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Plight of the Young Crop

When he informed his friends back home in Amravati about his admission in the Film and Television Institute of India,Pune,no one knew about the esteemed film school.

Written by Dipti Nagpaul D'souza |
June 5, 2012 1:38:02 am

When he informed his friends back home in Amravati about his admission in the Film and Television Institute of India (FTII),Pune,no one knew about the esteemed film school. But Dhiraj Meshram,who became the first person from Amravati to study in FTII,asserts that by no means did his town lack access to cinema during his growing up years. “Mainstream cinema was popular in Amravati like anywhere else. In fact,we used to have extra 6 am shows for blockbusters. Movies by Manmohan Desai ran for 24 hours,” he recollects.

When it was time for Meshram to make his own film,the director chose to return to his roots. His debut film Baromas uses the plight of farmers in Vidarbha as the backdrop and dwells on the problems of the educated unemployed from the region. A Hindi screen adaptation of Sadanand Deshmukh’s Sahitya Akademi award-winning Marathi novel of the same name,the film will release later this year. It stars Seema Biswas,Benjamin Gilani,Jatin Goswami and Subrat Dutta in key roles.

Meshram’s decision to adapt the book dates back to 2005 when he read the novel. “Even though Amravati is the more prosperous part of Vidarbha,characters from the book are similar to people I have come across. Besides,the plight of farmers is not limited to Maharashtra or Vidarbha alone,” he explains. A few days after he read the novel,Meshram had a chance to meet the book’s author. But when he shared his plans for a screen adaptation with Deshmukh,he was informed that the author had already promised to sell the book’s rights. “But I heard nothing about the film for a few years and got in touch with Deshmukhji again,” he says. Meshram then found out that the makers had been unable to put the film together and he could purchase the rights. So the director spoke to his friend and film aficionado P Sajith,who came on board as Baromas’ producer.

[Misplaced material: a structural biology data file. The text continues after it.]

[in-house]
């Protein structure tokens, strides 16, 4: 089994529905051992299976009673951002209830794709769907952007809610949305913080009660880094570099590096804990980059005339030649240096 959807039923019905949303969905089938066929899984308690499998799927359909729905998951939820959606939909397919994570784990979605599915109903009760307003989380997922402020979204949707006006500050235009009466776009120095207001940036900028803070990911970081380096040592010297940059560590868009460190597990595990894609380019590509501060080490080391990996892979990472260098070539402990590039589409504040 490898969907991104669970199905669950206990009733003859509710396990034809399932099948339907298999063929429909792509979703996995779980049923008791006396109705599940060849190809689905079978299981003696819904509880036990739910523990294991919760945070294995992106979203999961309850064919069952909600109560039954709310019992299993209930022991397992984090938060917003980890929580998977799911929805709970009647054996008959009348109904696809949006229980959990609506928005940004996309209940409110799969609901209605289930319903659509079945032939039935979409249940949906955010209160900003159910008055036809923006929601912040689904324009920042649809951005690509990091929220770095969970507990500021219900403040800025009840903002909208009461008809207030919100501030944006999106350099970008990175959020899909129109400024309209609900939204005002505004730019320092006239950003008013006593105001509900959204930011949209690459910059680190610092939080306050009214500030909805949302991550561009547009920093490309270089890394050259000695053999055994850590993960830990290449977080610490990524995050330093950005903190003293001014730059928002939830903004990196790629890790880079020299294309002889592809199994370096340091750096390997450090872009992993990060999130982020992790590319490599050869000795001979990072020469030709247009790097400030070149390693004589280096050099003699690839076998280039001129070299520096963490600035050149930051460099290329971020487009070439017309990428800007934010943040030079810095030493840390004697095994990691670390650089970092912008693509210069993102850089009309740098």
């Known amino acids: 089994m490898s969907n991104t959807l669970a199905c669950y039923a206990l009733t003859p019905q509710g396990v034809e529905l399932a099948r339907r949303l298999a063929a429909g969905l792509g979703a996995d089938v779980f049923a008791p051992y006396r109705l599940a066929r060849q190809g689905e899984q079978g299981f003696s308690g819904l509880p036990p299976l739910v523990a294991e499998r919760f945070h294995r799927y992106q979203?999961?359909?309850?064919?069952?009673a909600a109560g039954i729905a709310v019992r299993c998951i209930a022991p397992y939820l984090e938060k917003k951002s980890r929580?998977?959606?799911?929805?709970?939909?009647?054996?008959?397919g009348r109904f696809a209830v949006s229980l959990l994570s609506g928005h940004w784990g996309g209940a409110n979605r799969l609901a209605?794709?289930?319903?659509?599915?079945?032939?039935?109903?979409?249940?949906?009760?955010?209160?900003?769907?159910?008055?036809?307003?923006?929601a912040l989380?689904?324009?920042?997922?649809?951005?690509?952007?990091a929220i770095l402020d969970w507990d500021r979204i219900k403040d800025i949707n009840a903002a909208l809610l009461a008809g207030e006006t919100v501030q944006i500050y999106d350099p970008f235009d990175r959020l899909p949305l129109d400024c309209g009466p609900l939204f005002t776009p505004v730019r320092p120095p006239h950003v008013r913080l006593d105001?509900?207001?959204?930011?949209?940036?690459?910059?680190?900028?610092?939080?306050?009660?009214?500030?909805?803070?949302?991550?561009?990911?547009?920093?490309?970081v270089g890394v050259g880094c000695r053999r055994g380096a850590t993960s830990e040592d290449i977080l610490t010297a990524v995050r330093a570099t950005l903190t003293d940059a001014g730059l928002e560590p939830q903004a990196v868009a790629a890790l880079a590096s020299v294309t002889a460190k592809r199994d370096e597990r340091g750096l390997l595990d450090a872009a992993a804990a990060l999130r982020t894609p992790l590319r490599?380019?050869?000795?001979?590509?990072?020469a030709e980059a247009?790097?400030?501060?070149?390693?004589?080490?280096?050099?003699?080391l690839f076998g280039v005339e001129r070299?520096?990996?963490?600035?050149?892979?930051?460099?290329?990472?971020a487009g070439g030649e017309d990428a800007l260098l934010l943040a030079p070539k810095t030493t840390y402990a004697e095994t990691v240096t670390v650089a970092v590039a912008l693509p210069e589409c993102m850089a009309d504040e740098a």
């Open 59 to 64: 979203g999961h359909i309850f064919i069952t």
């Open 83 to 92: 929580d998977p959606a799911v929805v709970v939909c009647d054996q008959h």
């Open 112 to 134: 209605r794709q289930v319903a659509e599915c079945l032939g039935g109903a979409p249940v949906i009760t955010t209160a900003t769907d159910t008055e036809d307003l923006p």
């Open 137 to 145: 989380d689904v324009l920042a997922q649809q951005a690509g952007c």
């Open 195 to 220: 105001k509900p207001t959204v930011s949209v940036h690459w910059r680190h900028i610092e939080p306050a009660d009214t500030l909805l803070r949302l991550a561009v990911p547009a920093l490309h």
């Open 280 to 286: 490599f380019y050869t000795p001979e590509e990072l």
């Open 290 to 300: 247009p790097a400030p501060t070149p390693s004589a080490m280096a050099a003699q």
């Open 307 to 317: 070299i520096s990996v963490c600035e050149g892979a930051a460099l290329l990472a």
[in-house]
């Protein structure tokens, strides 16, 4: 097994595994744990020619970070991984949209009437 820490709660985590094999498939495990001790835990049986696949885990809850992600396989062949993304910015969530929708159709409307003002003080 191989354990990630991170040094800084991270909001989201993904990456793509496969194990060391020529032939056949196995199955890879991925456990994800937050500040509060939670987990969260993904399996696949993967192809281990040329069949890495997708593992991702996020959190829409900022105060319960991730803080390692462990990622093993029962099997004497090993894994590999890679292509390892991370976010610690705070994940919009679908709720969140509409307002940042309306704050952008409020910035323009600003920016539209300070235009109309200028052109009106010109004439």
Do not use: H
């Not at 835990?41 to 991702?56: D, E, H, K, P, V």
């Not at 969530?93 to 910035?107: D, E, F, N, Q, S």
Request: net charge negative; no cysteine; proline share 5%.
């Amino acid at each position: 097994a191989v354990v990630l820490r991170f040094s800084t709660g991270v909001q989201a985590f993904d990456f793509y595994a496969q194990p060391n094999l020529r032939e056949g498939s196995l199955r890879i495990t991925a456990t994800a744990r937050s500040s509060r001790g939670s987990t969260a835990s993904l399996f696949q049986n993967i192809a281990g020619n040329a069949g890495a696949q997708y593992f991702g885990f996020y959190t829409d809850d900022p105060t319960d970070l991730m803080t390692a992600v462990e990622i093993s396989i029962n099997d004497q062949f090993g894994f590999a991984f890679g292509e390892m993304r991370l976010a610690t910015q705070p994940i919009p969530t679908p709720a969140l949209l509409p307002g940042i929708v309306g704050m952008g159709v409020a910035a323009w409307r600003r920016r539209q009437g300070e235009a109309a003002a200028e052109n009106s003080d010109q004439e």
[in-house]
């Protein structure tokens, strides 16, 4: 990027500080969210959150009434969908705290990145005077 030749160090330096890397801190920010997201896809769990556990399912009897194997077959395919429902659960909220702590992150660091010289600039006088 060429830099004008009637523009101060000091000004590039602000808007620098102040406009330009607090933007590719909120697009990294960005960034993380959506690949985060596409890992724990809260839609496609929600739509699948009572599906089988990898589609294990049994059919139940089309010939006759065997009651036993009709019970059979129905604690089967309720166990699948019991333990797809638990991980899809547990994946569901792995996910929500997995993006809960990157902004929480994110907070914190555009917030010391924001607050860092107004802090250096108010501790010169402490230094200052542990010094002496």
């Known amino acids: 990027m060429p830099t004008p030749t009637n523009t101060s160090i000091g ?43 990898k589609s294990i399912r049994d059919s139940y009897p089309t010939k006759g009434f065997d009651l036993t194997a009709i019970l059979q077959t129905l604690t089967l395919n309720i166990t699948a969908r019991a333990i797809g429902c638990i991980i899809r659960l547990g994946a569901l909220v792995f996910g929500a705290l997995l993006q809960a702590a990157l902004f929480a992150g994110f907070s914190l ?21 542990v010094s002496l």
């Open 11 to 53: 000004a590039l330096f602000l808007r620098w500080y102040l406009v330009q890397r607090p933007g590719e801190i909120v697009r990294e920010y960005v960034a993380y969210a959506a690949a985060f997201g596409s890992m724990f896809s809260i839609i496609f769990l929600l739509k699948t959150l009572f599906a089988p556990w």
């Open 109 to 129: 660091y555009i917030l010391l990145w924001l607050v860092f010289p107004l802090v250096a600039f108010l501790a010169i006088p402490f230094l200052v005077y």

While penning the script,however,the 37-year-old used his exposure of mainstream cinema. The book’s protagonist is the elder son of a farmer. Both he and his brother are educated but unemployed and decide to take up farming. But the monsoon plays truant and the family finds itself faced with poverty and a suicide. “I have played down the agricultural issue because there are several good films,including Marathi film called Gabhricha Paus,which highlight it. Instead,I have used that as a backdrop and focussed on the story of the two brothers,” he says. The younger one,Madhukar (Goswami),takes to banditry while the elder,Eknath (Dutta),chooses the path of politics to oust corrupt politicians.

The film has been titled after the book because Meshram felt that the word ‘baromas’,which means ‘forever’,aptly describes the unchanging state of the educated unemployed youth from the region.

To bring down the film’s production cost without compromising on quality,Meshram shot with a crew from FTII on location in Vidarbha and also cast several local actors . “We got experienced actors like Seema and Benjaminji on board for the key parts,but that was not enough to make the film look authentic. That is why we shot near Amravati and auditioned actors from Vidarbha theatre group for other parts,” he explains.

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